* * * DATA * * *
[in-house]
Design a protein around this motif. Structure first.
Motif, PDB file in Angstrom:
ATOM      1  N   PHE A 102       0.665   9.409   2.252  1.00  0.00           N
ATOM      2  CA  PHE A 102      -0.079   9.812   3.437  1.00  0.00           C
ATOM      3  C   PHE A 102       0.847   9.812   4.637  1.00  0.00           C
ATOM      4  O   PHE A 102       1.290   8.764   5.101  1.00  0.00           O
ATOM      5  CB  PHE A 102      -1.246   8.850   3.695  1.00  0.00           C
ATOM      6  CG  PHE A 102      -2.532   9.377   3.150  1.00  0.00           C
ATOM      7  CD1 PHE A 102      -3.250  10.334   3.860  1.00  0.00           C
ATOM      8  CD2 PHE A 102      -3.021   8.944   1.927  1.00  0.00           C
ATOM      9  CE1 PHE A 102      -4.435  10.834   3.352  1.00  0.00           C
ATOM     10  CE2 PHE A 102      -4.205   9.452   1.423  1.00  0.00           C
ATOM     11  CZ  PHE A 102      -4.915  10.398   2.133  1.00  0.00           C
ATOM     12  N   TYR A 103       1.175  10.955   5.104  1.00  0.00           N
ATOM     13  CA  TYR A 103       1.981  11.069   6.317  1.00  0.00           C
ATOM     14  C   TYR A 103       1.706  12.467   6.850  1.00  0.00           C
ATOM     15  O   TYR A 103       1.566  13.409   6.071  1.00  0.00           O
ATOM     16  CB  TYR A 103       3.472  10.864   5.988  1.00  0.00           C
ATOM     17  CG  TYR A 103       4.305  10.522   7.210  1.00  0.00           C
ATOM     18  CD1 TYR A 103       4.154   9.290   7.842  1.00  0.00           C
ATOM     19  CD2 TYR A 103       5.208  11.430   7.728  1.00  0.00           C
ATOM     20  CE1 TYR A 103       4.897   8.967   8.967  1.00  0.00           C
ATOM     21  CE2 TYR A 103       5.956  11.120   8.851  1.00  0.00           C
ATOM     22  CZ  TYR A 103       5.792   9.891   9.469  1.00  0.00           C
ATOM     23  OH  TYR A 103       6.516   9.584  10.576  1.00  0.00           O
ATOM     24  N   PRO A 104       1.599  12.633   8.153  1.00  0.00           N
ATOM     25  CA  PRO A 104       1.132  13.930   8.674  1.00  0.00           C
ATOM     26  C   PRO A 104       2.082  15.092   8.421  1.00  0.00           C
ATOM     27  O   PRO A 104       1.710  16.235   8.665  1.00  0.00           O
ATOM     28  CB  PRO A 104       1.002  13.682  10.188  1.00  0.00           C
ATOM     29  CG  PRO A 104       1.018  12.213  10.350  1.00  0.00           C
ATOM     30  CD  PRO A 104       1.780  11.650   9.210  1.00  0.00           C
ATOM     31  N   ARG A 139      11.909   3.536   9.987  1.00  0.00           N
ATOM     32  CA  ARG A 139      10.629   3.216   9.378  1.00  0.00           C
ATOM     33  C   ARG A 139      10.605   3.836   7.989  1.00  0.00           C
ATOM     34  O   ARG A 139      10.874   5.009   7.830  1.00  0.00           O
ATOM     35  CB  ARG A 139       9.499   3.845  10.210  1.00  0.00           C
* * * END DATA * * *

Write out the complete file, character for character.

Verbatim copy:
[in-house]
Design a protein around this motif. Structure first.
Motif, PDB file in Angstrom:
ATOM      1  N   PHE A 102       0.665   9.409   2.252  1.00  0.00           N
ATOM      2  CA  PHE A 102      -0.079   9.812   3.437  1.00  0.00           C
ATOM      3  C   PHE A 102       0.847   9.812   4.637  1.00  0.00           C
ATOM      4  O   PHE A 102       1.290   8.764   5.101  1.00  0.00           O
ATOM      5  CB  PHE A 102      -1.246   8.850   3.695  1.00  0.00           C
ATOM      6  CG  PHE A 102      -2.532   9.377   3.150  1.00  0.00           C
ATOM      7  CD1 PHE A 102      -3.250  10.334   3.860  1.00  0.00           C
ATOM      8  CD2 PHE A 102      -3.021   8.944   1.927  1.00  0.00           C
ATOM      9  CE1 PHE A 102      -4.435  10.834   3.352  1.00  0.00           C
ATOM     10  CE2 PHE A 102      -4.205   9.452   1.423  1.00  0.00           C
ATOM     11  CZ  PHE A 102      -4.915  10.398   2.133  1.00  0.00           C
ATOM     12  N   TYR A 103       1.175  10.955   5.104  1.00  0.00           N
ATOM     13  CA  TYR A 103       1.981  11.069   6.317  1.00  0.00           C
ATOM     14  C   TYR A 103       1.706  12.467   6.850  1.00  0.00           C
ATOM     15  O   TYR A 103       1.566  13.409   6.071  1.00  0.00           O
ATOM     16  CB  TYR A 103       3.472  10.864   5.988  1.00  0.00           C
ATOM     17  CG  TYR A 103       4.305  10.522   7.210  1.00  0.00           C
ATOM     18  CD1 TYR A 103       4.154   9.290   7.842  1.00  0.00           C
ATOM     19  CD2 TYR A 103       5.208  11.430   7.728  1.00  0.00           C
ATOM     20  CE1 TYR A 103       4.897   8.967   8.967  1.00  0.00           C
ATOM     21  CE2 TYR A 103       5.956  11.120   8.851  1.00  0.00           C
ATOM     22  CZ  TYR A 103       5.792   9.891   9.469  1.00  0.00           C
ATOM     23  OH  TYR A 103       6.516   9.584  10.576  1.00  0.00           O
ATOM     24  N   PRO A 104       1.599  12.633   8.153  1.00  0.00           N
ATOM     25  CA  PRO A 104       1.132  13.930   8.674  1.00  0.00           C
ATOM     26  C   PRO A 104       2.082  15.092   8.421  1.00  0.00           C
ATOM     27  O   PRO A 104       1.710  16.235   8.665  1.00  0.00           O
ATOM     28  CB  PRO A 104       1.002  13.682  10.188  1.00  0.00           C
ATOM     29  CG  PRO A 104       1.018  12.213  10.350  1.00  0.00           C
ATOM     30  CD  PRO A 104       1.780  11.650   9.210  1.00  0.00           C
ATOM     31  N   ARG A 139      11.909   3.536   9.987  1.00  0.00           N
ATOM     32  CA  ARG A 139      10.629   3.216   9.378  1.00  0.00           C
ATOM     33  C   ARG A 139      10.605   3.836   7.989  1.00  0.00           C
ATOM     34  O   ARG A 139      10.874   5.009   7.830  1.00  0.00           O
ATOM     35  CB  ARG A 139       9.499   3.845  10.210  1.00  0.00           C